Click for next page ( 2


The National Academies | 500 Fifth St. N.W. | Washington, D.C. 20001
Copyright © National Academy of Sciences. All rights reserved.
Terms of Use and Privacy Statement



Below are the first 10 and last 10 pages of uncorrected machine-read text (when available) of this chapter, followed by the top 30 algorithmically extracted key phrases from the chapter as a whole.
Intended to provide our own search engines and external engines with highly rich, chapter-representative searchable text on the opening pages of each chapter. Because it is UNCORRECTED material, please consider the following text as a useful but insufficient proxy for the authoritative book pages.

Do not use for reproduction, copying, pasting, or reading; exclusively for search engines.

OCR for page 1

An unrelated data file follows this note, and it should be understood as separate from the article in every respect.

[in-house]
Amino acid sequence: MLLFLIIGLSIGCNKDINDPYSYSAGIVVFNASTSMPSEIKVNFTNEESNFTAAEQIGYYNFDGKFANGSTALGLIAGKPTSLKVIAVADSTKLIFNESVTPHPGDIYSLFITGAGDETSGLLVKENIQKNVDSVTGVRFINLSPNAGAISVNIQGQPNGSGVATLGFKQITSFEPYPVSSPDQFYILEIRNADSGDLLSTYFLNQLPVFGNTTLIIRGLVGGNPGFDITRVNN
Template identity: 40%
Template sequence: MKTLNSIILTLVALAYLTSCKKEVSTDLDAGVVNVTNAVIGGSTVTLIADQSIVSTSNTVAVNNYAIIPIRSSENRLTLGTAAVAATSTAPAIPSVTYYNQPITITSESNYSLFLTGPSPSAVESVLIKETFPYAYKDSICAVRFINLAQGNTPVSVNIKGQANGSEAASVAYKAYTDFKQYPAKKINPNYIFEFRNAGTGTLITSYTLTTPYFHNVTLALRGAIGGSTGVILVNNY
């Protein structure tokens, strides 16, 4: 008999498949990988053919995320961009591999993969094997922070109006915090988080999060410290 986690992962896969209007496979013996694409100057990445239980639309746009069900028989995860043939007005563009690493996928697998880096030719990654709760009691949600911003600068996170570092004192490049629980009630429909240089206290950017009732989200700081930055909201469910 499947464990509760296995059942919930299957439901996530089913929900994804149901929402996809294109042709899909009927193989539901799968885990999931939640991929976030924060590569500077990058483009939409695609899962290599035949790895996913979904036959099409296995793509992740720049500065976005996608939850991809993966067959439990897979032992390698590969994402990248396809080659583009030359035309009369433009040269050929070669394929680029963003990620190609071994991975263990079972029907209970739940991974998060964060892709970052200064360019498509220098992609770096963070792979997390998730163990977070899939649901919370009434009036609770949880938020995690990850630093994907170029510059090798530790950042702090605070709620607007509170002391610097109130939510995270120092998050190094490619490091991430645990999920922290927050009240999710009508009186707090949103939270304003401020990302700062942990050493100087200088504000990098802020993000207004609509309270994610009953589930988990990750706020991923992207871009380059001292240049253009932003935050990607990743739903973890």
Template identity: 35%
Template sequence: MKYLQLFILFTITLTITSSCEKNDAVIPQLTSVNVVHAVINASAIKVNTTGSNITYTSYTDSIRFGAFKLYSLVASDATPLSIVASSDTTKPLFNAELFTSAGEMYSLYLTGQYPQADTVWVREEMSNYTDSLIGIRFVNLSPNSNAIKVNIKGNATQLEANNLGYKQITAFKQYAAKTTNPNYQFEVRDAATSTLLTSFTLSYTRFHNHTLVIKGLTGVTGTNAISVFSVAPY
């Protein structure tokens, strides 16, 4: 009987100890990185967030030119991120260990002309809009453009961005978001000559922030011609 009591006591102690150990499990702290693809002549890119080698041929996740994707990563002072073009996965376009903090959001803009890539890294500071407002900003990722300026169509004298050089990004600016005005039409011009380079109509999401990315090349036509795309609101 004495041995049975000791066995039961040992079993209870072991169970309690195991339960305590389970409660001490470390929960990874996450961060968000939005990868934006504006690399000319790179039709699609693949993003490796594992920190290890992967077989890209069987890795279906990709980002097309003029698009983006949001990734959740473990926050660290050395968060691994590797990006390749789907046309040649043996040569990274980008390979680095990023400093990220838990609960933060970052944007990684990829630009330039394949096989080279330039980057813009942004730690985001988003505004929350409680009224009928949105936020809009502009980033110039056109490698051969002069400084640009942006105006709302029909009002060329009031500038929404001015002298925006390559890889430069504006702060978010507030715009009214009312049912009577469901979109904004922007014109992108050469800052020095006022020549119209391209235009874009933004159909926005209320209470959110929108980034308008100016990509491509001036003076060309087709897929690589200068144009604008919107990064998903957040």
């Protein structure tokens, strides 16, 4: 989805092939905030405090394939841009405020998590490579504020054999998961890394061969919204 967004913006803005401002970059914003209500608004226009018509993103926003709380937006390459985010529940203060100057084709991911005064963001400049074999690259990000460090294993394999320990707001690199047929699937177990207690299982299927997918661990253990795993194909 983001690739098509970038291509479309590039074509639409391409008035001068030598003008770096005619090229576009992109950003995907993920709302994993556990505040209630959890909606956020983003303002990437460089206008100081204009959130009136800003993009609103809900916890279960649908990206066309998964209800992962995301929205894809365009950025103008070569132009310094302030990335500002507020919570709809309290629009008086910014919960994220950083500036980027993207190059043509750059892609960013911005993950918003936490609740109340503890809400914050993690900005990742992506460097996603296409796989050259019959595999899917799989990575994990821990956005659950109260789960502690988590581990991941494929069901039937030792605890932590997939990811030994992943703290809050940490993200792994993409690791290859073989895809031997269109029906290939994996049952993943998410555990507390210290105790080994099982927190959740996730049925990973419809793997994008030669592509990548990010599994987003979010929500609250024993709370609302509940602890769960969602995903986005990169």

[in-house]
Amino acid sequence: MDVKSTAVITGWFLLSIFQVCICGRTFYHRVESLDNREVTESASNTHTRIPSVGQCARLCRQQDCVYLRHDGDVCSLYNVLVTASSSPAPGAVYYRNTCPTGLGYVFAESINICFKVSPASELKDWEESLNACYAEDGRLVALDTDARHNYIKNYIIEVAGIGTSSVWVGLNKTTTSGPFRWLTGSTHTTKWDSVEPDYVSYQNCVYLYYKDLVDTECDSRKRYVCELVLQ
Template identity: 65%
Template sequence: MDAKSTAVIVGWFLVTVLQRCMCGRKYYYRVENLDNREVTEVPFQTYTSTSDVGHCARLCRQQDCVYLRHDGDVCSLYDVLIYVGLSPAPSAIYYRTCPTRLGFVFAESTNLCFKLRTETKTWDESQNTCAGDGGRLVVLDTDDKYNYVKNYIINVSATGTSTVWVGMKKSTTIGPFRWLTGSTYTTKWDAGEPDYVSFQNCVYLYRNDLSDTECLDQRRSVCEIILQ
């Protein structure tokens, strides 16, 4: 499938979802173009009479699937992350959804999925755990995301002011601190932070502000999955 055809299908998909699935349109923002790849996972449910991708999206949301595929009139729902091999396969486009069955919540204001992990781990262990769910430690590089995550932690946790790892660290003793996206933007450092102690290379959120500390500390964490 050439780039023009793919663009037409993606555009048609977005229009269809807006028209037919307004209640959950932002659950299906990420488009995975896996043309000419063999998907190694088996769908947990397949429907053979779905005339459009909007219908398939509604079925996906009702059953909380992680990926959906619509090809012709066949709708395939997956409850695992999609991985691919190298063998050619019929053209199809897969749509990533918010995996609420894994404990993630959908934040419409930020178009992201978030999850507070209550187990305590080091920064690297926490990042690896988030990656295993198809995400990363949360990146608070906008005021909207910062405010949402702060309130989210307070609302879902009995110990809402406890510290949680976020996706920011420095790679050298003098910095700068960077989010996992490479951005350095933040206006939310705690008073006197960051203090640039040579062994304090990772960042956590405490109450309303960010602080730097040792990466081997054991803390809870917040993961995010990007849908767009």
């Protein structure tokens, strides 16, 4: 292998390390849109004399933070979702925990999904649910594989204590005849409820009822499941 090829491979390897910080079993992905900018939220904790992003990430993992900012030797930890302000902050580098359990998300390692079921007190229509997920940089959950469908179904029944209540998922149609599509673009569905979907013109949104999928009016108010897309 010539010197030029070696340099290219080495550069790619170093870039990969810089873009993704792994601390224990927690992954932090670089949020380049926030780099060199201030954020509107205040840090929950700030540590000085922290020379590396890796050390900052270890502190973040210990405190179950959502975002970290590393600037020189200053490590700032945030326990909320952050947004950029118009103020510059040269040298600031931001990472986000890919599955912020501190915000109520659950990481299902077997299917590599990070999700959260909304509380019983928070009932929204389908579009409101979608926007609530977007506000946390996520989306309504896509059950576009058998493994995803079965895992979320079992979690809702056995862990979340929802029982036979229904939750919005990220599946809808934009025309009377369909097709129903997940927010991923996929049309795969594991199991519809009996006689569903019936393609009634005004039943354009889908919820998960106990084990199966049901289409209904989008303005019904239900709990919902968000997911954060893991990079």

1 SUMMARY Analysis of Aircraft Overruns and Undershoots for Runway Safety Areas The objective of this project was to develop an aircraft overrun and undershoot risk assessment approach, supported by scientific evidence and statistical theory, which provides step-by-step procedures and instructions for analysis of runway safety areas (RSA). Most aircraft accidents occur during the landing and takeoff phases of the flight and are likely to chal- lenge the existing RSA when the aircraft overruns or undershoots the paved area of runways. Currently, Federal Aviation Administration (FAA) standards require runways to include an RSA: a graded and clean area surrounding the runway that "should be capable, under normal (dry) conditions, of supporting airplanes without causing structural damage to air- planes or injury to their occupants" (FAA, 1989). The RSA improves the safety of airplanes that undershoot, overrun, or veer off the runway. The size of the RSA is dependent on the type and size of aircraft using each runway. Most aircraft accidents occur during the landing and take-off phases of the flight and are likely to challenge the existing RSA when the aircraft overruns or undershoots the paved area of runways. The risks of an aircraft overrunning or undershooting a runway depend on a number of factors related to the operation conditions, like the weather, the runway surface conditions, the distance required to land or takeoff, the presence of obstacles, the available runway distance, and the existing RSA dimensions, just to name a few. The possibility of human errors or aircraft system faults during the landing or takeoff phases of the flight also may contribute to the risks. Based on information gathered from overrun and undershoot accident and incident reports, risk models that consider relevant operational factors were developed to assess the likelihood and possible consequences for such accidents occurring on a runway subject to specific traffic and operation conditions. The approach uses historical flight data and the configuration of existing or planned RSAs to evaluate the risk for each operation and derive its probability dis- tribution that allows for quantifying the number of high risk operations at the airport. The major achievement of this research is to provide an innovative, rational and compre- hensive probabilistic approach to evaluate the level of risk for specific airport conditions that will allow the evaluation of alternatives when FAA recommended RSA configuration for an existing airport cannot be met. In addition, based on the existing level of risk, this approach will allow prioritizing financial resources to improve safety areas, achieving target levels of safety (TLS) and helping with safety management actions when high risk conditions arise. The results of the current study can be used by a broad range of civil aviation organiza- tions for risk assessment and cost-benefit studies of RSA improvements. These organizations may include Federal and State agencies, the International Civil Aviation Organization (ICAO), and international civil aviation authorities, as well as airport operators, airlines, civil aviation associations and institutions, universities, and consultants.